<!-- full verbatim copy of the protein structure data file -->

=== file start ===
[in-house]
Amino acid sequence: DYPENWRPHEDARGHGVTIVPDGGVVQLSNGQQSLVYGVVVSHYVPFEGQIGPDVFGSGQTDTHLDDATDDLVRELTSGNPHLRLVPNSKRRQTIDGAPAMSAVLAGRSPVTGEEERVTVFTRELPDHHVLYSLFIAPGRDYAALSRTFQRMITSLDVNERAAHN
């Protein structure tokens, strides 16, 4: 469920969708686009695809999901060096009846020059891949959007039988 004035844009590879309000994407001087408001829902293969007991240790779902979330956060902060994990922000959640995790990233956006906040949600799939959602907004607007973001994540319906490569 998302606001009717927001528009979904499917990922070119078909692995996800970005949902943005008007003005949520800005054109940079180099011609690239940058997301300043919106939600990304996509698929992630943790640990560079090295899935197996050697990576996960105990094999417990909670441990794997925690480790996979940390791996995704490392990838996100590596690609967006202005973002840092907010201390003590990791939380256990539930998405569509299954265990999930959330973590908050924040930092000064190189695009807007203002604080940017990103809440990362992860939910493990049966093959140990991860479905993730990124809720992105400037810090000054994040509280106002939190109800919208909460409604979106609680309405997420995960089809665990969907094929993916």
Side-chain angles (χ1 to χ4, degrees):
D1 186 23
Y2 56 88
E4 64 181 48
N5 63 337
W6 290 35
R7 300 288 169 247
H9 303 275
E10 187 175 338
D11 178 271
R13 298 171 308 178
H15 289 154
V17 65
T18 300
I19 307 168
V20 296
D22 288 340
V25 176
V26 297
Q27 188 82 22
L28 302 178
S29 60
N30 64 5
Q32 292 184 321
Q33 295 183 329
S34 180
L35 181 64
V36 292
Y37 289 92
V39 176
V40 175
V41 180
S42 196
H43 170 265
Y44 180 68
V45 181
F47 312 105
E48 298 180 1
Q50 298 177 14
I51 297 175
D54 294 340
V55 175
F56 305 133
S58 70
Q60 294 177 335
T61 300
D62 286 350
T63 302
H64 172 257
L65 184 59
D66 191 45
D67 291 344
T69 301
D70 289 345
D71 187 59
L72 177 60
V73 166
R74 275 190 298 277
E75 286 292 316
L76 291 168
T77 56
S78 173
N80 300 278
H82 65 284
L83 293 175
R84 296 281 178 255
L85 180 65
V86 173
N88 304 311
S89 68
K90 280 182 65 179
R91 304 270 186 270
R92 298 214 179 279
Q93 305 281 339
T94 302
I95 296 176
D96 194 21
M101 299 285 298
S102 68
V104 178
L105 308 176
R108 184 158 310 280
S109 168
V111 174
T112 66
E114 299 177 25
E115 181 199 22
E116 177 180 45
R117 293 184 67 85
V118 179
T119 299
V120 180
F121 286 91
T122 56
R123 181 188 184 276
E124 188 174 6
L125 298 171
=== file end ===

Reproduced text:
[in-house]
Amino acid sequence: DYPENWRPHEDARGHGVTIVPDGGVVQLSNGQQSLVYGVVVSHYVPFEGQIGPDVFGSGQTDTHLDDATDDLVRELTSGNPHLRLVPNSKRRQTIDGAPAMSAVLAGRSPVTGEEERVTVFTRELPDHHVLYSLFIAPGRDYAALSRTFQRMITSLDVNERAAHN
């Protein structure tokens, strides 16, 4: 469920969708686009695809999901060096009846020059891949959007039988 004035844009590879309000994407001087408001829902293969007991240790779902979330956060902060994990922000959640995790990233956006906040949600799939959602907004607007973001994540319906490569 998302606001009717927001528009979904499917990922070119078909692995996800970005949902943005008007003005949520800005054109940079180099011609690239940058997301300043919106939600990304996509698929992630943790640990560079090295899935197996050697990576996960105990094999417990909670441990794997925690480790996979940390791996995704490392990838996100590596690609967006202005973002840092907010201390003590990791939380256990539930998405569509299954265990999930959330973590908050924040930092000064190189695009807007203002604080940017990103809440990362992860939910493990049966093959140990991860479905993730990124809720992105400037810090000054994040509280106002939190109800919208909460409604979106609680309405997420995960089809665990969907094929993916």
Side-chain angles (χ1 to χ4, degrees):
D1 186 23
Y2 56 88
E4 64 181 48
N5 63 337
W6 290 35
R7 300 288 169 247
H9 303 275
E10 187 175 338
D11 178 271
R13 298 171 308 178
H15 289 154
V17 65
T18 300
I19 307 168
V20 296
D22 288 340
V25 176
V26 297
Q27 188 82 22
L28 302 178
S29 60
N30 64 5
Q32 292 184 321
Q33 295 183 329
S34 180
L35 181 64
V36 292
Y37 289 92
V39 176
V40 175
V41 180
S42 196
H43 170 265
Y44 180 68
V45 181
F47 312 105
E48 298 180 1
Q50 298 177 14
I51 297 175
D54 294 340
V55 175
F56 305 133
S58 70
Q60 294 177 335
T61 300
D62 286 350
T63 302
H64 172 257
L65 184 59
D66 191 45
D67 291 344
T69 301
D70 289 345
D71 187 59
L72 177 60
V73 166
R74 275 190 298 277
E75 286 292 316
L76 291 168
T77 56
S78 173
N80 300 278
H82 65 284
L83 293 175
R84 296 281 178 255
L85 180 65
V86 173
N88 304 311
S89 68
K90 280 182 65 179
R91 304 270 186 270
R92 298 214 179 279
Q93 305 281 339
T94 302
I95 296 176
D96 194 21
M101 299 285 298
S102 68
V104 178
L105 308 176
R108 184 158 310 280
S109 168
V111 174
T112 66
E114 299 177 25
E115 181 199 22
E116 177 180 45
R117 293 184 67 85
V118 179
T119 299
V120 180
F121 286 91
T122 56
R123 181 188 184 276
E124 188 174 6
L125 298 171